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Brandeis University's Community Newspaper — Waltham, Mass.

A different kind of school spirit

Published: November 2, 2012
Section: Opinions

The term school spirit is tossed around campuses all the time, but how do we actually define it when colleges and universities are so different in size and focus? School spirit is a measure of school pride and liking of an institution. When you think of school spirit, appearance is thought of, such as people decked out in university apparel and colors, talking about how much they love their school, or campus wide sports attended by many student fans. The Huffington Post’s top-ranked spirited schools are all large universities with thousands of students. Yet that doesn’t mean that Brandeis doesn’t have a lot of spirit.

A quick Google search of the term school spirit immediately presents the word football. Sports have long been a point of pride for many schools, particularly for large universities. Many people at larger schools rally around their sports teams, filling stadiums with thousands of fans for each game. It’s easy to say these schools are “spirited” just by counting the amount of screaming fans in the bleachers. Sports provide a sense of community and an opportunity for students to interact with the excitement of rooting for the school team. Many larger schools will invest millions of dollars in their sports teams because they feel that this is what attracts students to the school, keeps them happy and engages alumni.

Consider then the situation at Brandeis, a small liberal arts school that has been “undefeated since 1959” in football? What happens when college sports are not the focus of the school, huge stadiums are nonexistent, and tailgates unheard of? Just because these external displays of spirit are not seen at Brandeis does not mean that there is no spirit. If you walk up to a random person on campus he or she—most likely—will be enthusiastic about Brandeis and the opportunities that exist here. The school spirit here has a different way of manifesting itself than that of students gathering in large stadiums holding up signs for their favorite athlete.

Brandeis is unique as a relatively small, private, research university. The ways we express spirit here are much different than that of a large, public, state university. The strong sense of community at Brandeis is a form of school spirit and one that is special to our university and made stronger because of our smaller student body. Proof of Brandeis school spirit publicly could be seen earlier this fall when, thanks to the efforts of the student body, we made a strong showing as one of the top six finalists for a chance to be on the Today Show. Led by student events leaders, many students showed up in support of Brandeis and a chance to land a spot on the nationally televised show.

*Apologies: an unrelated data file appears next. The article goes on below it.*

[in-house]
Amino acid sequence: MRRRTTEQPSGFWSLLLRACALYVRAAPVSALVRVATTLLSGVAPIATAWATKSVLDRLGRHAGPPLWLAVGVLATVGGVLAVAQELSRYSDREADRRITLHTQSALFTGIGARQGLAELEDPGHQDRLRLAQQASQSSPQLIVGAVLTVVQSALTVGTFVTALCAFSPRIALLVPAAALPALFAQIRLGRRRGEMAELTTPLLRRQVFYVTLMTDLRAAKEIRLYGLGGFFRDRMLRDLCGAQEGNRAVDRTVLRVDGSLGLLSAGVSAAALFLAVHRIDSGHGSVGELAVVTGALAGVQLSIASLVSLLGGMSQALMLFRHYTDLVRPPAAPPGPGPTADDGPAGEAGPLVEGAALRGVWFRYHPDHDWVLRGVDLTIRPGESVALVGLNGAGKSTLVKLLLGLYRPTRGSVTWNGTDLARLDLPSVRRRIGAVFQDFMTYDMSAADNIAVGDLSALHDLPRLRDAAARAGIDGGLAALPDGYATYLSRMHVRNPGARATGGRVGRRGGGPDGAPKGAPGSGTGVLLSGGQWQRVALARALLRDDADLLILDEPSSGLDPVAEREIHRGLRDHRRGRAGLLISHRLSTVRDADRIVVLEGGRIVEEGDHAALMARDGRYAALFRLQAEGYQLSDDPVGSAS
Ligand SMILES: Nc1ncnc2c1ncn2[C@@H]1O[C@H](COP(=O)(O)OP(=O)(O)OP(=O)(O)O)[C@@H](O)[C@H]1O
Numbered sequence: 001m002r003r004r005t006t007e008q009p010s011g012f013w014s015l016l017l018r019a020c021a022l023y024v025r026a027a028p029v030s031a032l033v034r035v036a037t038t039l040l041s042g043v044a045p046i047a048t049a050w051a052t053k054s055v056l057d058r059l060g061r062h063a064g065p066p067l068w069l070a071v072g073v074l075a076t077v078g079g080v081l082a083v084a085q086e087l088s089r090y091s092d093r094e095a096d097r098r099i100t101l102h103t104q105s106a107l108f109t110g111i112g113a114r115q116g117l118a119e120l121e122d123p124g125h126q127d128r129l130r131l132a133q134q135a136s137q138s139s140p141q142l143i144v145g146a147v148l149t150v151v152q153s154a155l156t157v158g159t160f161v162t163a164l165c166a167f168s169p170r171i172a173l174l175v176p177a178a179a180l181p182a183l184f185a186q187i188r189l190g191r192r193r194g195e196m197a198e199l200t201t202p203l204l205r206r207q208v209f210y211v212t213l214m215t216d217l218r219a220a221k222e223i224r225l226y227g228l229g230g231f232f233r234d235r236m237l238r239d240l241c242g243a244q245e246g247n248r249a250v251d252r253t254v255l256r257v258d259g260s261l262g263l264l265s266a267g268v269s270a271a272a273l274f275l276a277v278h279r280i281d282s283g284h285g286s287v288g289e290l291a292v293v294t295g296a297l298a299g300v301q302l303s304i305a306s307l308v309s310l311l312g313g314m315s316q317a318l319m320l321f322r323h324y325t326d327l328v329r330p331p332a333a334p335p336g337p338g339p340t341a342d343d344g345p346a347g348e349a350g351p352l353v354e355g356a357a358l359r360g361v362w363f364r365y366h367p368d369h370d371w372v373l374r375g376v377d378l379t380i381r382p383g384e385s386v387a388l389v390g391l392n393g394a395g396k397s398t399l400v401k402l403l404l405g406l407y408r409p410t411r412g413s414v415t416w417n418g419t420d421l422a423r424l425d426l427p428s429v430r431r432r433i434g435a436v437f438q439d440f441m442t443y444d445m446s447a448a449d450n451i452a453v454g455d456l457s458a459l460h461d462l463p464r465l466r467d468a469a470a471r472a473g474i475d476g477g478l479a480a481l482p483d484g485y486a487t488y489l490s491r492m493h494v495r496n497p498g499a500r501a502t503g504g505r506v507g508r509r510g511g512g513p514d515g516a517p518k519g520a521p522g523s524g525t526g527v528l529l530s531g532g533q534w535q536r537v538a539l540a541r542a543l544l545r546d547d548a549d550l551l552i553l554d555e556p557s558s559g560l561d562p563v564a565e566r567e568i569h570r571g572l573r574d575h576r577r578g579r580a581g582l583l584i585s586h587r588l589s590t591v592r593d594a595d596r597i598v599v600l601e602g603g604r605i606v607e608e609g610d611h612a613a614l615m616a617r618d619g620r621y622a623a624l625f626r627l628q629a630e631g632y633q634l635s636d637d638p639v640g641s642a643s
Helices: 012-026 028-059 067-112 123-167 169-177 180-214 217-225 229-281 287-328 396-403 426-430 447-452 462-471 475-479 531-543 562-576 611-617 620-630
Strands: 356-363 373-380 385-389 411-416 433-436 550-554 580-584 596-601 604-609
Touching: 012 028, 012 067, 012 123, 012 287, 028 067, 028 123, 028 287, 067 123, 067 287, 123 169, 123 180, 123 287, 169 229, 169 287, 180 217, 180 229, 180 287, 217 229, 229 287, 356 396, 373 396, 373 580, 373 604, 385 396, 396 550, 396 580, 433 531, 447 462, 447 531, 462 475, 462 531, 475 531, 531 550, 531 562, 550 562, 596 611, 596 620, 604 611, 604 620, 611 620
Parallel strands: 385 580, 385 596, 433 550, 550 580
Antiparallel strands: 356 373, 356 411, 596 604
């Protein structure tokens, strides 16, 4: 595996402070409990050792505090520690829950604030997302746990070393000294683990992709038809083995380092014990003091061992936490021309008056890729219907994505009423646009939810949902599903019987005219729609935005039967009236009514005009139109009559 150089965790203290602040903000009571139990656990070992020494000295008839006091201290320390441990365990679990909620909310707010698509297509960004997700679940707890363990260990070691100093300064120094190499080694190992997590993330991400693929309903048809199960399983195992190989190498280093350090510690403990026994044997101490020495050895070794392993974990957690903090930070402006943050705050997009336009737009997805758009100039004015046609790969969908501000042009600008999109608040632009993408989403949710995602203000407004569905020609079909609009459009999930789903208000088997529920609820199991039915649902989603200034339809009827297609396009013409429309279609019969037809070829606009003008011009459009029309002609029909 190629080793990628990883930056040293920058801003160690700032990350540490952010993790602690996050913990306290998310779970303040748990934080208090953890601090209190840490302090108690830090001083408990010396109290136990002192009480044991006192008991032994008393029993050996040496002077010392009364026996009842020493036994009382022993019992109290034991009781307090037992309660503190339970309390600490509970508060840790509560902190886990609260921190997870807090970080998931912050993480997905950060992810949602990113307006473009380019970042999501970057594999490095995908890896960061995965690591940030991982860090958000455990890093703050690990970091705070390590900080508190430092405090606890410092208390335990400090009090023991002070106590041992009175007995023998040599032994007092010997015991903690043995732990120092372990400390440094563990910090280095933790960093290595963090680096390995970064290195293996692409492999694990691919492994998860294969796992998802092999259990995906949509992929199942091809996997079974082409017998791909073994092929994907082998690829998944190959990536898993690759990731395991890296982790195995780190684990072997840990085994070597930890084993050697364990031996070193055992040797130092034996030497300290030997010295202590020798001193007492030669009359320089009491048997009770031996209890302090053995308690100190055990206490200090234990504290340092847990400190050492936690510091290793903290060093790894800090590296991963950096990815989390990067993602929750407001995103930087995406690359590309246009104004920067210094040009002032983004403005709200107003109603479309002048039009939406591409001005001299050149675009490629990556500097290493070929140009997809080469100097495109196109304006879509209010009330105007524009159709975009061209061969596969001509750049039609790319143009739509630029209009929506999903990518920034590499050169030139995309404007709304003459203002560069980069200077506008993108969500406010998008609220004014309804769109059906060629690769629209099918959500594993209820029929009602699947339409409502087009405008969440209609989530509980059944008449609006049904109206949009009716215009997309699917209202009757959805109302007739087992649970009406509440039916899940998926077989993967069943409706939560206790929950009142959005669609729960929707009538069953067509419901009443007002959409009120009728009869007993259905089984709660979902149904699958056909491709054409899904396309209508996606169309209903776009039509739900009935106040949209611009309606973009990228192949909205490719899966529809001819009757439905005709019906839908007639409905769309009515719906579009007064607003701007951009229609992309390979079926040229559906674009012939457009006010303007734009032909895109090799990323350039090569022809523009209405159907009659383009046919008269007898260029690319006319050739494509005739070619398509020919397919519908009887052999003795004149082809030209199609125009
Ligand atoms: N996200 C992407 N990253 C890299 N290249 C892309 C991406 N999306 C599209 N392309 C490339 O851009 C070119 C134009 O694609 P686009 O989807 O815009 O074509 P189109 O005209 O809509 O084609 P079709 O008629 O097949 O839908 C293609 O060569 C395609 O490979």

I’m not saying students here do not express school spirit through sports. The UAA Division III conference that Brandeis participates in is a competitive one, and many students attend soccer and basketball games. Opponents such a Washington University in St. Louis and Emory are academically rigorous universities, but also contain a plethora of accomplished student athletes. Some of these athletes could have played Division I sports but chose to attend a school where academics would be the main focus. Student athletes practice hard every day and take competition very seriously. Regardless, sports are definitely not the focal point of school spirit at Brandeis.

Having transferred from George Mason University, a public institution with more than 20,000 undergraduate students, I am familiar with large stadiums full of fans. A point of pride for most students was our Division I program and a basketball team that made it to the final four in the last decade. Students received free handouts at games, along with free food when a certain number of points was reached by the team. The electrifying atmosphere at games was one that brought students together. The school could easily promote the sports programs because they were well recognized.

Needless to say, the atmosphere in the classroom is much different in a large school with many large lecture classes. There is more spirit toward learning in the small but highly motivated student body that encompasses Brandeis.

Although sports may not be the main lens through which our school spirit is shown, social issues and academic groups can be channels of school spirit. Students here are very involved and join many of the hundreds of club options on campus. You can see students demonstrating the typical school pride by walking around in their Brandeis sweatshirts, but you also see students very passionate about volunteerism. Brandeis students care about making a difference in the outside community and do so through popular student run clubs such as Waltham Group. Many students are involved in these organizations and would not feel as happy about attending Brandeis if they did not have these opportunities.

You can’t mention spirit without mentioning parties, a diverse array of events hosted by different clubs, fraternities and sororities, and Student Events led spirit events such as “Bronstein Week,” which is centered on Brandeis spirit. All of these provide enthusiastic spirit on campus and provide fun dances, games and free stuff for students. There is always something fun going on and clubs with which to get involved. Brandeis makes it easy for students to start a club if they are passionate about something and this is what many people really appreciate about the school.

Just because you may see more students at a volunteer event than a sports game does not mean Brandeis lacks school spirit. Many students here are proud of the education they are receiving and show their pride through their involvement in different activities.